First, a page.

Use of dietary supplements by people living with and without cancer



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New research indicates that many people living with and beyond cancer use dietary supplements, often with the belief that the products will reduce the risk of the cancer coming back. Posted by Wiley online in Cancer, a peer-reviewed journal of the American Cancer Society, the findings reveal a need for healthcare professionals to provide advice and guidance to patients on the appropriate use of dietary supplements.

Cancer prevention guidelines recommend a healthy diet and physical activity, but do not recommend dietary supplements, as relevant clinical trials have generally not shown any benefit – and in some cases have shown harmful effects – associated to the products.

To explore factors associated with the use of dietary supplements in cancer survivors, Rana Conway, Ph.D., RNutr, of University College London (UCL), and her colleagues studied 1,049 adults who had received a diagnosis of breast, prostate or colorectal cancer in the UK. People who participated in this study were enrolled in the Cancer Research UK-funded Advancing Survival Cancer Outcomes trial, jointly led by Abi Fisher, Ph.D., UCL, and Rebecca Beeken, Ph.D. , University of Leeds. Participants completed a mail survey and dietary reviews by phone or online that included questions about dietary supplements.

Among the main findings:

  • 40% of the participants took food supplements.
  • 19% of participants believed that dietary supplements could reduce the risk of cancer coming back.
  • Women, participants who followed the recommendations of five fruits and vegetables a day, and those who thought dietary supplements were important in reducing the risk of cancer recurring were more likely to use dietary supplements.
  • Obese participants were less likely to use dietary supplements.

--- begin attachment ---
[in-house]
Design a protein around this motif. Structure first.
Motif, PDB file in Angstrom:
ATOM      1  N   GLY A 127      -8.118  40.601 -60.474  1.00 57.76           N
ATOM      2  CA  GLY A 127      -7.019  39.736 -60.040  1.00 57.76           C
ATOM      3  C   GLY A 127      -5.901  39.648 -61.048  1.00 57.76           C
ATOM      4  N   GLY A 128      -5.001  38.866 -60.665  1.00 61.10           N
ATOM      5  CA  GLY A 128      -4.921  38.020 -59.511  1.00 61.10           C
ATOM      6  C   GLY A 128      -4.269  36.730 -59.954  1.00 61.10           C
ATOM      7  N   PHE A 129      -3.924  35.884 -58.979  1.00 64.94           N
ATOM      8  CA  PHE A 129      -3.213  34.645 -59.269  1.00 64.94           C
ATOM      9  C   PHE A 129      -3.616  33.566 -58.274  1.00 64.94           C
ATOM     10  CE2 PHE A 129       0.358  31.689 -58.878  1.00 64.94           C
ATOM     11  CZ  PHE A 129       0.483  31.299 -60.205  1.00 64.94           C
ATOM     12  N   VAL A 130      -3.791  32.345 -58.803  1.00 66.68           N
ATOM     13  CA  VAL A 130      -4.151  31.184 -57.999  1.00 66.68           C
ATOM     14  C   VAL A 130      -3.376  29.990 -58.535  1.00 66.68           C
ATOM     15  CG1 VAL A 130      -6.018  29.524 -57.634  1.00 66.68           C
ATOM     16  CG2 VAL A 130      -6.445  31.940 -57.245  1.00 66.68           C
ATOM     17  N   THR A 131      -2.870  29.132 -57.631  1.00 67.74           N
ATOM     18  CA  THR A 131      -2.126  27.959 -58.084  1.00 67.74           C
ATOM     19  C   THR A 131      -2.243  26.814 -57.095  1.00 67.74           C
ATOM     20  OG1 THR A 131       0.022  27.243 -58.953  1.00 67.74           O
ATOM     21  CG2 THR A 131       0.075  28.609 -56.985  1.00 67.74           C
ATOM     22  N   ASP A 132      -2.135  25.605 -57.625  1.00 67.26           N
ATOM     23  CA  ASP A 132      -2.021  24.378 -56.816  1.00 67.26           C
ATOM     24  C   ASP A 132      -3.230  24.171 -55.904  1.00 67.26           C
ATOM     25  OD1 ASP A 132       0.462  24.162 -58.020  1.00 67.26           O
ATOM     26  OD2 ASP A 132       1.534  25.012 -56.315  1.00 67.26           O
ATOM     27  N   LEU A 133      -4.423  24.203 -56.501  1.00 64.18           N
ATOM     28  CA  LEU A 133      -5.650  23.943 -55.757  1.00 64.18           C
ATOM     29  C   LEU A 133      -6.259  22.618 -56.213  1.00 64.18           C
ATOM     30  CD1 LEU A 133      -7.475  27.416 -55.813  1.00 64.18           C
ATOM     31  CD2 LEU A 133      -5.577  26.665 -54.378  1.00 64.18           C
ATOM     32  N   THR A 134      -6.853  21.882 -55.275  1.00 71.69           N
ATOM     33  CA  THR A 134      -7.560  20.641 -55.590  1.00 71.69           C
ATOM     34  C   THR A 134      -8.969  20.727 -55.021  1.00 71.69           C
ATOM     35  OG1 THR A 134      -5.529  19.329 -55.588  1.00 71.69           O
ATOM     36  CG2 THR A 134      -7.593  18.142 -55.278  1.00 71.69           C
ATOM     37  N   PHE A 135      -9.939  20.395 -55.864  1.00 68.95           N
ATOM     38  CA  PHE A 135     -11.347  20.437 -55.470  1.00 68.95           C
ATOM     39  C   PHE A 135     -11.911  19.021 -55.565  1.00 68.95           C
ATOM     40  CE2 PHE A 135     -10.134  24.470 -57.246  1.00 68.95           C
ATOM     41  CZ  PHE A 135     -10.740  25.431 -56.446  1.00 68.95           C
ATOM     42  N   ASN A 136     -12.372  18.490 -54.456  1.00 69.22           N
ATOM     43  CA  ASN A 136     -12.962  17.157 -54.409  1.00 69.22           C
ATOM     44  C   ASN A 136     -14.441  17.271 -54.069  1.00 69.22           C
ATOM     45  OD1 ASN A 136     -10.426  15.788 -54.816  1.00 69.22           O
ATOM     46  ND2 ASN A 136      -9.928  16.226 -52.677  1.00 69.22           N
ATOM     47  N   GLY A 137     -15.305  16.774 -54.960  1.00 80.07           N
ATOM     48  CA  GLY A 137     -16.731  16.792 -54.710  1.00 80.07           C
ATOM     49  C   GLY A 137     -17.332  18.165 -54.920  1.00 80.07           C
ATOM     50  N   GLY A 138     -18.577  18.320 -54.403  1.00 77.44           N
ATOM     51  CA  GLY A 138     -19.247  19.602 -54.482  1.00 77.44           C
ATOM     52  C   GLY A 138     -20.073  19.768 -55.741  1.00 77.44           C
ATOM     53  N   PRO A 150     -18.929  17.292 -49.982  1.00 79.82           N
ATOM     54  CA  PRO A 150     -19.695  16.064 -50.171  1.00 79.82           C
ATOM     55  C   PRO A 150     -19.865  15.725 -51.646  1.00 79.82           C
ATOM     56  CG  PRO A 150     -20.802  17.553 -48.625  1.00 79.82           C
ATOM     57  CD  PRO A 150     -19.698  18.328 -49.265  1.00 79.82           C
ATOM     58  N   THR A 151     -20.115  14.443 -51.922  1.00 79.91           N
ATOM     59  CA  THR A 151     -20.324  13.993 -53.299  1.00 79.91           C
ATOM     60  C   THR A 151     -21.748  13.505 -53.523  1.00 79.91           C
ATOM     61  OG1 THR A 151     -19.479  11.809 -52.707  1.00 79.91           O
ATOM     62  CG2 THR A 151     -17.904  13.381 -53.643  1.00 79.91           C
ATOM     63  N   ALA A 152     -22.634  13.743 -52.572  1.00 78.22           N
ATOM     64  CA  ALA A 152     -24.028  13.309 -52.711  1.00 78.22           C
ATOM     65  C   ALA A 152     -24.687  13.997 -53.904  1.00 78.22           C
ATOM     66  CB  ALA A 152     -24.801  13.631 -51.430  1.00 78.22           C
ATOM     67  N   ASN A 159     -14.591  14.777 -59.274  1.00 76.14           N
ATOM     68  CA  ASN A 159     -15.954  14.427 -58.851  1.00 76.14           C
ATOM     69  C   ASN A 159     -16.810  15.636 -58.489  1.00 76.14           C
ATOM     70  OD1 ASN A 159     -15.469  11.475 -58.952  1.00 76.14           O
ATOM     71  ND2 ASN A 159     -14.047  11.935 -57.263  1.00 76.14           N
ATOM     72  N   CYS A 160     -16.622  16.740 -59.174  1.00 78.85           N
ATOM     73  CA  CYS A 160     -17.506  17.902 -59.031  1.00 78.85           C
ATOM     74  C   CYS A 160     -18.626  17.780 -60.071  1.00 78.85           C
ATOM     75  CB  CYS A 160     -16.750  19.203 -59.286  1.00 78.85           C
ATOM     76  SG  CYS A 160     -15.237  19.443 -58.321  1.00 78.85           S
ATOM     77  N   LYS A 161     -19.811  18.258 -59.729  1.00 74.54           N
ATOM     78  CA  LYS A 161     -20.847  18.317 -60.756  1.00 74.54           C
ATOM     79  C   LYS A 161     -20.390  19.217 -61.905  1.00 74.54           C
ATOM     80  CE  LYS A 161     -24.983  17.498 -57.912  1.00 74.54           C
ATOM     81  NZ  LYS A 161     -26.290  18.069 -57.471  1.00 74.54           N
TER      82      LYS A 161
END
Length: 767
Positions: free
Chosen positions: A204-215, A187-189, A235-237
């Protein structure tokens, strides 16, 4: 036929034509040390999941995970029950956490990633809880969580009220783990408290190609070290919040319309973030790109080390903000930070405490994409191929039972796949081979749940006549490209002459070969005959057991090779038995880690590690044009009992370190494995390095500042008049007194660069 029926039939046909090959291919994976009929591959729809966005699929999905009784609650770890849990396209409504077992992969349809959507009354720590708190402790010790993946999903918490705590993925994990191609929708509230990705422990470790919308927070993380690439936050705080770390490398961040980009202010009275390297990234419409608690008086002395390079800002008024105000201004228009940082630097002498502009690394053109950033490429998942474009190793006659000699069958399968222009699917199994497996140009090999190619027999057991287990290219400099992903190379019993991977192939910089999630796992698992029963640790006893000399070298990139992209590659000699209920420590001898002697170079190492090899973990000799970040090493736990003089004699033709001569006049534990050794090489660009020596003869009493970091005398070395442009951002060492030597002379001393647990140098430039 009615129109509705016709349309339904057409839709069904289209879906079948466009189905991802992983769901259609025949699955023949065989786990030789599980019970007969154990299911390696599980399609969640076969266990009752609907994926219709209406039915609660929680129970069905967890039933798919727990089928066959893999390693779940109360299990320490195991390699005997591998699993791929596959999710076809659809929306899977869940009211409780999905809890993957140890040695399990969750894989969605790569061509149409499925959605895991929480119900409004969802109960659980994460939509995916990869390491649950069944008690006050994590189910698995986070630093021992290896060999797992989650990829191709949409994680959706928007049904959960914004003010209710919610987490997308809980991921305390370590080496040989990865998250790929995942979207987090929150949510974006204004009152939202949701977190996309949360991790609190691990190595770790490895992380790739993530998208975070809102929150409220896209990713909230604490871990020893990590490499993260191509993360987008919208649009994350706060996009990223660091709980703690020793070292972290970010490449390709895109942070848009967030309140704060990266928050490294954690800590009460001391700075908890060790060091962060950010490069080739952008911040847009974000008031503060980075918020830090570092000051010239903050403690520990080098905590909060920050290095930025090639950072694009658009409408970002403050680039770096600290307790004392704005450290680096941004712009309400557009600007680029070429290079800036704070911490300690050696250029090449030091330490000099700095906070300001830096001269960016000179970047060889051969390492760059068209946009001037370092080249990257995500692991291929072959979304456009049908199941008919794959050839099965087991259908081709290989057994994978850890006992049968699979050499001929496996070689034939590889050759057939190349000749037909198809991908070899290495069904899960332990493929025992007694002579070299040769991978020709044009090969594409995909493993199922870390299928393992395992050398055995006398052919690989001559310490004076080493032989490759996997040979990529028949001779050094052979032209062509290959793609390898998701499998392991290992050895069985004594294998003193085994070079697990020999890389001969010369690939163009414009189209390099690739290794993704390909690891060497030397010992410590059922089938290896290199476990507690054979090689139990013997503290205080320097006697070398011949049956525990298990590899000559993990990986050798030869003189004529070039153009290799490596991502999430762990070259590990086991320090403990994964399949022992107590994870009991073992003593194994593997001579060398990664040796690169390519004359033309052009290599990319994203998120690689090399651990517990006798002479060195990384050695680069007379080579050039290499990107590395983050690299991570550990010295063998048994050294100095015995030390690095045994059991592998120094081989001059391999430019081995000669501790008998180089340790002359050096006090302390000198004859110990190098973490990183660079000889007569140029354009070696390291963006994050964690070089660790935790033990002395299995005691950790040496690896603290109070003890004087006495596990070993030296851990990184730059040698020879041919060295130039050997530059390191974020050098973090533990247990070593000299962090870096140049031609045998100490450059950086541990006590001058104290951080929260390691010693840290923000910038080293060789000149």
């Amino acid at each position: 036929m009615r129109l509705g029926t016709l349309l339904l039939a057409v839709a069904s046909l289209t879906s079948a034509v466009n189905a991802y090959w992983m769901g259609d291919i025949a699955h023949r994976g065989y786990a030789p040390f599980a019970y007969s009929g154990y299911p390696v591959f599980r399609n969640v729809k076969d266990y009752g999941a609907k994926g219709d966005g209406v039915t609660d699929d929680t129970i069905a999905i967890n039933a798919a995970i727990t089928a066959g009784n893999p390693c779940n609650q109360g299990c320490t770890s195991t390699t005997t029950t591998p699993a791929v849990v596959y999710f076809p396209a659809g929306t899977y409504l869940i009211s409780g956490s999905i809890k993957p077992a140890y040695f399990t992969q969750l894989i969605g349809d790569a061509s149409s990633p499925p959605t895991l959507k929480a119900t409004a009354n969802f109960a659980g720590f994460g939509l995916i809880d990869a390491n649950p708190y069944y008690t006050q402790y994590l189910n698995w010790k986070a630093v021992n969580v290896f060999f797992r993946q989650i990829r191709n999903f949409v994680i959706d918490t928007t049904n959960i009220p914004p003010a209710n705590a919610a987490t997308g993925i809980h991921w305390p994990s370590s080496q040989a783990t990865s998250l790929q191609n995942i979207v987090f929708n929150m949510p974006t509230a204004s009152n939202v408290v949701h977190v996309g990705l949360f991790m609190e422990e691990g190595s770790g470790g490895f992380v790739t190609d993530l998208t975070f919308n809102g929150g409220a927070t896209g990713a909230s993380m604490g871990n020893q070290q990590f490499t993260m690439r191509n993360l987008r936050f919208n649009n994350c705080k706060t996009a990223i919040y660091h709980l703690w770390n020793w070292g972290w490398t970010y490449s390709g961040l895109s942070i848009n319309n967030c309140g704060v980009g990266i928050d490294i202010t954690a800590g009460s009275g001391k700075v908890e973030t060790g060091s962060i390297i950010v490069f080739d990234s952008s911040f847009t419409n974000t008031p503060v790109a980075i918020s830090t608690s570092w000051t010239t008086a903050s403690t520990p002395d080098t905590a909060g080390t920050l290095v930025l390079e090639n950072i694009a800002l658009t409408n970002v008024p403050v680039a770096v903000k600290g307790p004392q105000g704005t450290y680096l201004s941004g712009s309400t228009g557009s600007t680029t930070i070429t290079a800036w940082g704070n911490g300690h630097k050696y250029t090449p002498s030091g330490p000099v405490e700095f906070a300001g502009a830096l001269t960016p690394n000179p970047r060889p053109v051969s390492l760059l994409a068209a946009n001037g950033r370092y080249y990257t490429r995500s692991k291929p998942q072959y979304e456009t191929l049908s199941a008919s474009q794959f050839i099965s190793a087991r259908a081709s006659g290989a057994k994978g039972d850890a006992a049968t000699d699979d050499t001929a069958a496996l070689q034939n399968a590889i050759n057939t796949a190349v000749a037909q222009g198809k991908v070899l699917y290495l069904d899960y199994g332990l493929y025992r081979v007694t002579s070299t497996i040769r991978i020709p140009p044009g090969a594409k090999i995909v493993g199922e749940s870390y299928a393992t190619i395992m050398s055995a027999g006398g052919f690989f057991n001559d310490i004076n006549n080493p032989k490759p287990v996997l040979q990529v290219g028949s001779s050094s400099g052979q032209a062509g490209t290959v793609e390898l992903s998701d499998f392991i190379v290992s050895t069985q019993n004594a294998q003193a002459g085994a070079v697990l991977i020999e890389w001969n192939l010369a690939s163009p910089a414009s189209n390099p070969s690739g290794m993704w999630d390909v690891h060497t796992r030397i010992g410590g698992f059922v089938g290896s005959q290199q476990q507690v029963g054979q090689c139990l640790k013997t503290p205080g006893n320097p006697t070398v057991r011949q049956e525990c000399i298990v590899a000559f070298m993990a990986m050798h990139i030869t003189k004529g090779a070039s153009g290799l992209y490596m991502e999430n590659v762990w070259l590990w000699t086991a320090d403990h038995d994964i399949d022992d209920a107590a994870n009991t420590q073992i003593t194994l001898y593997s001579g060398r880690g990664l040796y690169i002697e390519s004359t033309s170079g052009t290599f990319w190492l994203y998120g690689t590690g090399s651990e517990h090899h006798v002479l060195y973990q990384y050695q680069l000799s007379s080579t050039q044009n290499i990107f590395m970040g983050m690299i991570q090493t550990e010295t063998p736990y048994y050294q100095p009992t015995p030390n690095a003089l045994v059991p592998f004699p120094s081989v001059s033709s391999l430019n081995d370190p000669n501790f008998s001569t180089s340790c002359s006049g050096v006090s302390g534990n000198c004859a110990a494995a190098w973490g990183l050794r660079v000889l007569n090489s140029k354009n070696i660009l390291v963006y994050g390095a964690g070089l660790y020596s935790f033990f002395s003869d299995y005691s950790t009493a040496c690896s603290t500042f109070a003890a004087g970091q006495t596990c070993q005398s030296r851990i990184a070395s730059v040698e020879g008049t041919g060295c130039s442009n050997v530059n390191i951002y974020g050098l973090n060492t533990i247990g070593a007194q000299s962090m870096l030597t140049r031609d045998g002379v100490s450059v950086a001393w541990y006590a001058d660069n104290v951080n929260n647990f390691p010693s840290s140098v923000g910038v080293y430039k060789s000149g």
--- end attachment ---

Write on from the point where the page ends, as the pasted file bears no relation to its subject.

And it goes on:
• Fish oils were the most commonly used dietary supplement, taken by 13% of participants.
  • Calcium with or without vitamin D was the most common supplement used by people with breast cancer, taken by 15%.

“We found that one in five people who had been treated for cancer mistakenly believed that taking vitamins or other supplements would help reduce the risk of their cancer coming back. were important in reducing their risk of cancer coming back were three times more likely to take them, “said Dr Conway.” As the number of people living with or beyond cancer increases, there is a growing need for ” a more holistic approach to long-term health care. Information on the role of supplements and the lack of evidence that they reduce cancer recurrence would be beneficial, as well as discussions on the benefits of healthy eating and physical activity.”

Martin Ledwick, RN, MSc, who is the chief information nurse at Cancer Research UK and was not an author of the study, agreed that the findings underscore the importance of talking to healthcare professionals when making decisions about cancer treatment and recovery. “There is no evidence that taking non-prescribed supplements can prevent cancer from coming back, and some vitamins or minerals could interfere with the effectiveness of anti-cancer drugs,” he said. “It is important for any cancer patient who is considering taking supplements to discuss this with their doctor, nurse, or dietitian.”

Dr Conway and his co-authors noted that the UK has different regulations and availability of supplements than the US and other countries. Therefore, more studies are needed to assess the use of dietary supplements in cancer survivors living in other regions.

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More information:
Rana E. Conway et al, The use of dietary supplements by people living with and beyond breast, prostate and colorectal cancer: a cross-sectional survey, Cancer (2021). DOI: 10.1002 / cncr.34055

Quote: Use of Dietary Supplements by People Living With and Beyond Cancer (2021, December 20) Retrieved December 20, 2021 from html

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